“In The Wall Street Journal, Americas columnist Mary Anastasia O’Grady writes that Venezuela is holding a presidential election between Hugo Chávez and Henrique Capriles, but the president has squelched free speech.”  This sure sounds familiar: “The president takes no responsibility. He blames everything on the rich. He says they are exploiting the working classes and don’t pay their fair share in taxes. Fomenting class envy and resentment is his stock in trade. Now suppose there are is no independent media.”

The Left’s War on Science

Quoting from this article, “Perhaps the best way to deal with this war on science is not to merely rant against the political party you hate but to produce science open to all possibilities and when the research suggests a finding that is counter to liberal presuppositions that we treat it like we treat the ones counter to conservative presuppositions. Mirroring the proper attitudes and actions for conservatives would go a long way to show how science should be used in our society.”

For those who have lost faith (in capitalism)

Quoting from this Economist book review, “”Capitalism without failure is like religion without sin. It doesn’t work well… However, the sins attributed to capitalism—corruption, fraud and greed, to name but three—are not only pervasive in systems where the state controls production, but far more damaging and far less likely to be rectified.”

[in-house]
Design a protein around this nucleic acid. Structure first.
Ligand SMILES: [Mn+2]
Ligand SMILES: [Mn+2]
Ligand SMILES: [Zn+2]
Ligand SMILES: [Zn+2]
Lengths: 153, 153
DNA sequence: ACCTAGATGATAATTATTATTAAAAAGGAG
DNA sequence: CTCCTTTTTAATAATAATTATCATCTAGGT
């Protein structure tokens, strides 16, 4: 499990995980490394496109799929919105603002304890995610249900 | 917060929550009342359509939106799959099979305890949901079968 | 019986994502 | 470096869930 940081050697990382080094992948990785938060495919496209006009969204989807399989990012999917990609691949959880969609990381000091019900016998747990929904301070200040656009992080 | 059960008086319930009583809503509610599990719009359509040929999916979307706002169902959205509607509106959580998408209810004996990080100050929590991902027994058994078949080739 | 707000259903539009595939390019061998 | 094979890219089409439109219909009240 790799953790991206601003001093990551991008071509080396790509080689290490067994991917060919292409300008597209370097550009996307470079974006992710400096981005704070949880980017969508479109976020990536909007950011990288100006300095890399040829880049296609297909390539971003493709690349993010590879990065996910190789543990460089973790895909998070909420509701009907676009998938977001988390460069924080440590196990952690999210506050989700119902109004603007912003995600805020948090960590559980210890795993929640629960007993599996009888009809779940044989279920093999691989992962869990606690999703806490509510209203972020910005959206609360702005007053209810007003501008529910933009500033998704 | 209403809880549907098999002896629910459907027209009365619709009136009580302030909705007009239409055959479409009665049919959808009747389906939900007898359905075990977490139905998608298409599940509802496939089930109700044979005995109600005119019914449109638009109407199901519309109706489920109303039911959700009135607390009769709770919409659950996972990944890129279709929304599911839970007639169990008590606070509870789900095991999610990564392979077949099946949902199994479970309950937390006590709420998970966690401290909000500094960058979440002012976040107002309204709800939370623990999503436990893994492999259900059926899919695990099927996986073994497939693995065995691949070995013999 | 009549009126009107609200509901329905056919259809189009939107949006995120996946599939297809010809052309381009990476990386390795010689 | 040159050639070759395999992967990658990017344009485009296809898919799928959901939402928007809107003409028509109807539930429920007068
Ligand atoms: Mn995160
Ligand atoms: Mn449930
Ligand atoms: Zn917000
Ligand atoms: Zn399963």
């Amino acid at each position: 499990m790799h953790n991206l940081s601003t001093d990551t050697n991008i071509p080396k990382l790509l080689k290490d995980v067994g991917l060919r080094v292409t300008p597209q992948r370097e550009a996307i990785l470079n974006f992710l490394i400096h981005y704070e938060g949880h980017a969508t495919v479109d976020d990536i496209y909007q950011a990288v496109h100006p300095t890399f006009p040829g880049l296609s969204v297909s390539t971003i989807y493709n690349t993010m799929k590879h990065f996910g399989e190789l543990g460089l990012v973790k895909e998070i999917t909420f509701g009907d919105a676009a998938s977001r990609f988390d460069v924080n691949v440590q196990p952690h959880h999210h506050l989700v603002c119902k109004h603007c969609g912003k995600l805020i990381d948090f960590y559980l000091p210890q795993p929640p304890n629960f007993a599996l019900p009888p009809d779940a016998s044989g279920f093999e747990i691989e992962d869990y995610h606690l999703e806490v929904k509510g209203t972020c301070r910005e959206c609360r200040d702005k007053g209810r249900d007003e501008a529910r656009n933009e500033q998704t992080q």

The Intelligent Investor: Yields So High, They Can’t Be for Real

“The Cornerstone closed-end funds boast yields of as much as 22%. Why we’re not buying it.” This article showcases how innumeracy can be dangerous for one’s financial health!

Home Prices Are Hitting Bottom

“This may be the buyer’s market of the century, but what if you’re a seller? Here are some things to consider if you’re on the wrong side of the market.”

Forget About the Mandate. Let’s Fix Health Care